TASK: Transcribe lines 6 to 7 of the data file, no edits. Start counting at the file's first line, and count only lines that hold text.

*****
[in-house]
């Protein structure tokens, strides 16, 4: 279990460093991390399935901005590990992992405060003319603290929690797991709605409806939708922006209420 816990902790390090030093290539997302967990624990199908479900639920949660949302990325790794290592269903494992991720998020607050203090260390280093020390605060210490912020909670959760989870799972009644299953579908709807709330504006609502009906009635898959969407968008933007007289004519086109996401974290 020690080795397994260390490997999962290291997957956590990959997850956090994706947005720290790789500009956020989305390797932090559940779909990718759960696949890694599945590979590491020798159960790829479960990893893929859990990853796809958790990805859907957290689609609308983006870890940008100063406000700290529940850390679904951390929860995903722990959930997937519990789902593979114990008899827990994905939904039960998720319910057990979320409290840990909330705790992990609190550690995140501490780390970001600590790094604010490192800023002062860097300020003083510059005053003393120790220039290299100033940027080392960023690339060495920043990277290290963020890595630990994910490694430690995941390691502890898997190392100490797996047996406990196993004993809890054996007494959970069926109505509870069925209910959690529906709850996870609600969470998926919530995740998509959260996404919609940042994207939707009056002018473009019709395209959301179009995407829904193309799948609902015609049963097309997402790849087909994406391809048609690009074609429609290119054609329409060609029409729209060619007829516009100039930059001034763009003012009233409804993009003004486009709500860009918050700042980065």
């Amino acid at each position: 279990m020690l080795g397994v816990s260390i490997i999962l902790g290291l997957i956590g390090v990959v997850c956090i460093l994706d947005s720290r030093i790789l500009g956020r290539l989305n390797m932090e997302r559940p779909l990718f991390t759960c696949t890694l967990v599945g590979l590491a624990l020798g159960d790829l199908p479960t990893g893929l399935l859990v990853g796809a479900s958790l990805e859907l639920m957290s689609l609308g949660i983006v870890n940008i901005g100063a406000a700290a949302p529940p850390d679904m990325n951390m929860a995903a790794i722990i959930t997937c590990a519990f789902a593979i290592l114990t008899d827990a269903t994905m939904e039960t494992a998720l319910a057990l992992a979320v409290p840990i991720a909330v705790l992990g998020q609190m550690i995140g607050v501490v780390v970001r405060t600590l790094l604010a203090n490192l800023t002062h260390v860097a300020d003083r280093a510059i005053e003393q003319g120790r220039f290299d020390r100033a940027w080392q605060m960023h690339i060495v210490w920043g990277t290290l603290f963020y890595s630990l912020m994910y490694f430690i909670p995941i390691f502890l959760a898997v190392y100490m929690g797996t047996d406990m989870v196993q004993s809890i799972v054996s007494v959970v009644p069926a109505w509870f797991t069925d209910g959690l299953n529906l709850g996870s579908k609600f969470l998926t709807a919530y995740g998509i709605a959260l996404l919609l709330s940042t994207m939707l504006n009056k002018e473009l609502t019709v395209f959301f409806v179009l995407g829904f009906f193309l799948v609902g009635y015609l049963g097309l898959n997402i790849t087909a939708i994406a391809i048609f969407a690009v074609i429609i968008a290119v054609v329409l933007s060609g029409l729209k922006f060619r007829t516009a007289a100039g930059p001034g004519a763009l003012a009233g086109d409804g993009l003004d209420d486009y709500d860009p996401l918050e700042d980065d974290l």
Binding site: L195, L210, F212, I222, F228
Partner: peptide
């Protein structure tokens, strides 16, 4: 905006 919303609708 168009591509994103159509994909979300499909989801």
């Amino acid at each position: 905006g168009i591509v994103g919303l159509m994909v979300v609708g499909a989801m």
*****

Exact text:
């Protein structure tokens, strides 16, 4: 905006 919303609708 168009591509994103159509994909979300499909989801």
């Amino acid at each position: 905006g168009i591509v994103g919303l159509m994909v979300v609708g499909a989801m």